No matter how you slice it, talking to your child about losing weight can be a difficult task, especially when they're already feeling a little uneasy about the way they look. Scores of studies have shown that it is quite common for children and teens to struggle with body image issues, so it almost goes without saying that you'll need to exercise quite a bit of compassion and care in terms of your approach. Fortunately, there are several ways you can discuss the subject of weight loss with your child without hurting their feelings; just keep the following tips in mind to help you address the issue with an even-handed approach.
1. Try not to make it a "big deal."
Just because you're dealing with a serious topic doesn't mean that you have to approach your child with a somber face and solemn tone. No need to overplay the moment by setting aside a specific time to sit in a quiet room and have "the talk." Truth be told, that's far too much pressure for either one of you, and it may come off as being awkward or contrived.
The best strategy is to look for very natural, casual opportunities that might arise during a given day. For example, riding in the car is one of the best times to have this type of conversation, because you'll basically have a captive audience with very few distractions. The conversation will probably happen in bits and pieces over time instead of all at once, which is just fine. Be willing to go at your child's pace on this one; after all, it's not like they're in danger of gaining 100 pounds over the next month.
2. Start off by asking questions, not making statements.
A few well-placed questions can do wonders for opening your child up to a conversation, and they're usually much more effective than making statements such as "You look like you're gaining a little weight," or "You need to exercise more." Most kids won't really let you in on what they're feeling or thinking about something until you ask, so start out by asking questions such as "What are some things you can do to stay healthy?" or "How do you feel about eating healthier foods?" Remember, the point is to get your child in a mindset of thinking about their overall health, which will open the door for further dialogue.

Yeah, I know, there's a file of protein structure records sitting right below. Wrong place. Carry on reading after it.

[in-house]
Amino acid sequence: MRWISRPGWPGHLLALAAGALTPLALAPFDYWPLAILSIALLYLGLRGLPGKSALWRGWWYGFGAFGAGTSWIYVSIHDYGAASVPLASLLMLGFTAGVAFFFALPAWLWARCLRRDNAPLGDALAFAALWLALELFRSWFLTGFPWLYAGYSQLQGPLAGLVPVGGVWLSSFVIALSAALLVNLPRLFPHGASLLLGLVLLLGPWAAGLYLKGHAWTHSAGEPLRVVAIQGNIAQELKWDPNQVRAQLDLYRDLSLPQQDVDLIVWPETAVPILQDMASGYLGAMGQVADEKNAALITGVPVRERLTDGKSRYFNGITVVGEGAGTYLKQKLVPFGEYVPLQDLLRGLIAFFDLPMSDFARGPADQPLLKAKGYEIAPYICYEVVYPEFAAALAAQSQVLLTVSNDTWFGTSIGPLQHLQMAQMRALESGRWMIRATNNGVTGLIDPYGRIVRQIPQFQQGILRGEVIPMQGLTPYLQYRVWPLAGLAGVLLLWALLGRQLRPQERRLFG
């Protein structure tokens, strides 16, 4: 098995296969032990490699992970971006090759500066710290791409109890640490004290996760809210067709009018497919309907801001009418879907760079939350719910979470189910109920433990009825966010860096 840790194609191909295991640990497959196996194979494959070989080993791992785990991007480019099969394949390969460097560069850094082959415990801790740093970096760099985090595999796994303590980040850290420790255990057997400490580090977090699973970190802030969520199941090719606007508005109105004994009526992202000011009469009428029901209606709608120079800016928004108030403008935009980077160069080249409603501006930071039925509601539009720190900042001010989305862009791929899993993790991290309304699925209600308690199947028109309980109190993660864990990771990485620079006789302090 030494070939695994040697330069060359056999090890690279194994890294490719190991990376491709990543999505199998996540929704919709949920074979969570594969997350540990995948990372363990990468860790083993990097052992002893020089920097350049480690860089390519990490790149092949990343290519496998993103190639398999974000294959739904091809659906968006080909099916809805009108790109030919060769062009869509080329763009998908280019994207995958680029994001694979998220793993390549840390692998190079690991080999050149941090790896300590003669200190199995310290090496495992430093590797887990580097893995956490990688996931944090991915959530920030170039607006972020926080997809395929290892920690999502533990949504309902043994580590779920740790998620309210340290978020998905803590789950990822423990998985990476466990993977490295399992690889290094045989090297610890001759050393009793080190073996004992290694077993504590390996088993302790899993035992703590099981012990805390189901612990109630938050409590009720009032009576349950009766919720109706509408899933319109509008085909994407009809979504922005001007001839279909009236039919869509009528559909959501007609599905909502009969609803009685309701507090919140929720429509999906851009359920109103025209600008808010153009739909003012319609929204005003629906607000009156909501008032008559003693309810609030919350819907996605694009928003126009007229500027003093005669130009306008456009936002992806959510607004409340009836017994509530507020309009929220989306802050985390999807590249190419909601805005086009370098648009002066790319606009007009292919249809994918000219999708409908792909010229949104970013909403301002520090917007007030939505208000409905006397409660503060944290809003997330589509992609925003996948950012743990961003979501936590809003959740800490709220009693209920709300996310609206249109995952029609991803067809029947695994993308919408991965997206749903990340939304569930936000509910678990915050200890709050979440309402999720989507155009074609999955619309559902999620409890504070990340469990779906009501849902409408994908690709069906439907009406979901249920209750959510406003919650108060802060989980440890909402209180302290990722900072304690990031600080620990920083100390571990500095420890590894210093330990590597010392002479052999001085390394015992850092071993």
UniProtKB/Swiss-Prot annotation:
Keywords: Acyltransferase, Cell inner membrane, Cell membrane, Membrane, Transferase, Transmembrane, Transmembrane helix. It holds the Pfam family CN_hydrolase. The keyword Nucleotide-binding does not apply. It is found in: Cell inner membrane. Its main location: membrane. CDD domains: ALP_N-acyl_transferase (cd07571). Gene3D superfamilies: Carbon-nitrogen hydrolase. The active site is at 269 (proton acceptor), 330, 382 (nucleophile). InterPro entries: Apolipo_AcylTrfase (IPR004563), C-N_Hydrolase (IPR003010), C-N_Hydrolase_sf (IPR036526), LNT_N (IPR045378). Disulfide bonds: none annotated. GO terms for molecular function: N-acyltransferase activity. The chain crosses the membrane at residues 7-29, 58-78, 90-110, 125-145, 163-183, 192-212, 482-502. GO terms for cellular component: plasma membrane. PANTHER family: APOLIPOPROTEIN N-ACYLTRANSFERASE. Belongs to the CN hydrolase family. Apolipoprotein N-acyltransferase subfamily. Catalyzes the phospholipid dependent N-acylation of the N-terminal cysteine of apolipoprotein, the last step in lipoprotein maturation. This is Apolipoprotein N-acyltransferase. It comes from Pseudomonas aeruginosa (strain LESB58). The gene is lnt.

3. Emphasize health, not looks or weight.
Approach the conversation from a health-focused mindset, and avoid placing emphasis on the way your child looks, or how much they weigh. Steer clear of words like "fat," "thin," "obese," or "overweight," and instead talk about how important it is to make good food choices, and to exercise on a regular basis. Explain to them the importance of putting the right fuel in their bodies, and even show them how damaging it is to eat carb-heavy or sugar-laden foods all the time. The more you provide your child with a clear understanding of why it's important to eat healthy and exercise, the more they'll see the logic in pursuing that path.
4. Set the example.
It's going to be tough to convince your child about the merits of eating right and exercising if they don't see you do it. Children may not always listen to what you say, but they will definitely pay attention to what you do - or don't do. And when they see you making an earnest effort to bring the right foods into the house and get some exercise on a regular basis, they'll get the message that living a healthy lifestyle is a decision that the entire family takes seriously, and they'll feel far more supported in their own efforts to stay healthy.
5. Always offer support.
It's much easier for a child to be receptive to conversations about sensitive topics like weight loss when they know that you're on their side, and that you love and support them for who they are, not how they look. Be sure to recognize any steps your child takes in the right direction (e.g.,"I think it's awesome that you chose an apple for your snack!"), and let them know that you're there for them no matter what. By adding a healthy dose of compassion and support to your family's health and fitness efforts, you'll create a positive environment that will make these new changes easier for everyone to stick to.